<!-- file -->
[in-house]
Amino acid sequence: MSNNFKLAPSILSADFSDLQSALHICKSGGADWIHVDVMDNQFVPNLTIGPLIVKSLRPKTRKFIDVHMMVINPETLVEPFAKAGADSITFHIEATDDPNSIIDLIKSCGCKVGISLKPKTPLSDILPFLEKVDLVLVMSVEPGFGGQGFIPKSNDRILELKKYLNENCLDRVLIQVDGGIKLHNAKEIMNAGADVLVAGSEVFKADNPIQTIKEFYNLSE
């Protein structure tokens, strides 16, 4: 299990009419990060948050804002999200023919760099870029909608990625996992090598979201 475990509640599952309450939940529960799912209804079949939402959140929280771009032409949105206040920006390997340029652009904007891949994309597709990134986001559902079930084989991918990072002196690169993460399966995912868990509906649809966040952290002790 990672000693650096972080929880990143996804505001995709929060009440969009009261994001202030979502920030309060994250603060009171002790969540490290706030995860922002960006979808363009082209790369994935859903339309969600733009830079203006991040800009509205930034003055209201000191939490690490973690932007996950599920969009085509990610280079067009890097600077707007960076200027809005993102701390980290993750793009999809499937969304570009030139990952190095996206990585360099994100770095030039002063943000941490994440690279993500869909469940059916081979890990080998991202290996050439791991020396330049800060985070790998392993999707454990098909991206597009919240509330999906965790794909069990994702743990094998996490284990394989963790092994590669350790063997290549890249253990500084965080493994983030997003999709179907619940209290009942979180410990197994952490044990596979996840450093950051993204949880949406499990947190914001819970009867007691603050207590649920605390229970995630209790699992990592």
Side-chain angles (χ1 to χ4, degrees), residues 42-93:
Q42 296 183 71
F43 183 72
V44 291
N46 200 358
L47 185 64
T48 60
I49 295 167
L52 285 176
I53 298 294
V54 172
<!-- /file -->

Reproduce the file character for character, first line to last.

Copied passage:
[in-house]
Amino acid sequence: MSNNFKLAPSILSADFSDLQSALHICKSGGADWIHVDVMDNQFVPNLTIGPLIVKSLRPKTRKFIDVHMMVINPETLVEPFAKAGADSITFHIEATDDPNSIIDLIKSCGCKVGISLKPKTPLSDILPFLEKVDLVLVMSVEPGFGGQGFIPKSNDRILELKKYLNENCLDRVLIQVDGGIKLHNAKEIMNAGADVLVAGSEVFKADNPIQTIKEFYNLSE
């Protein structure tokens, strides 16, 4: 299990009419990060948050804002999200023919760099870029909608990625996992090598979201 475990509640599952309450939940529960799912209804079949939402959140929280771009032409949105206040920006390997340029652009904007891949994309597709990134986001559902079930084989991918990072002196690169993460399966995912868990509906649809966040952290002790 990672000693650096972080929880990143996804505001995709929060009440969009009261994001202030979502920030309060994250603060009171002790969540490290706030995860922002960006979808363009082209790369994935859903339309969600733009830079203006991040800009509205930034003055209201000191939490690490973690932007996950599920969009085509990610280079067009890097600077707007960076200027809005993102701390980290993750793009999809499937969304570009030139990952190095996206990585360099994100770095030039002063943000941490994440690279993500869909469940059916081979890990080998991202290996050439791991020396330049800060985070790998392993999707454990098909991206597009919240509330999906965790794909069990994702743990094998996490284990394989963790092994590669350790063997290549890249253990500084965080493994983030997003999709179907619940209290009942979180410990197994952490044990596979996840450093950051993204949880949406499990947190914001819970009867007691603050207590649920605390229970995630209790699992990592």
Side-chain angles (χ1 to χ4, degrees), residues 42-93:
Q42 296 183 71
F43 183 72
V44 291
N46 200 358
L47 185 64
T48 60
I49 295 167
L52 285 176
I53 298 294
V54 172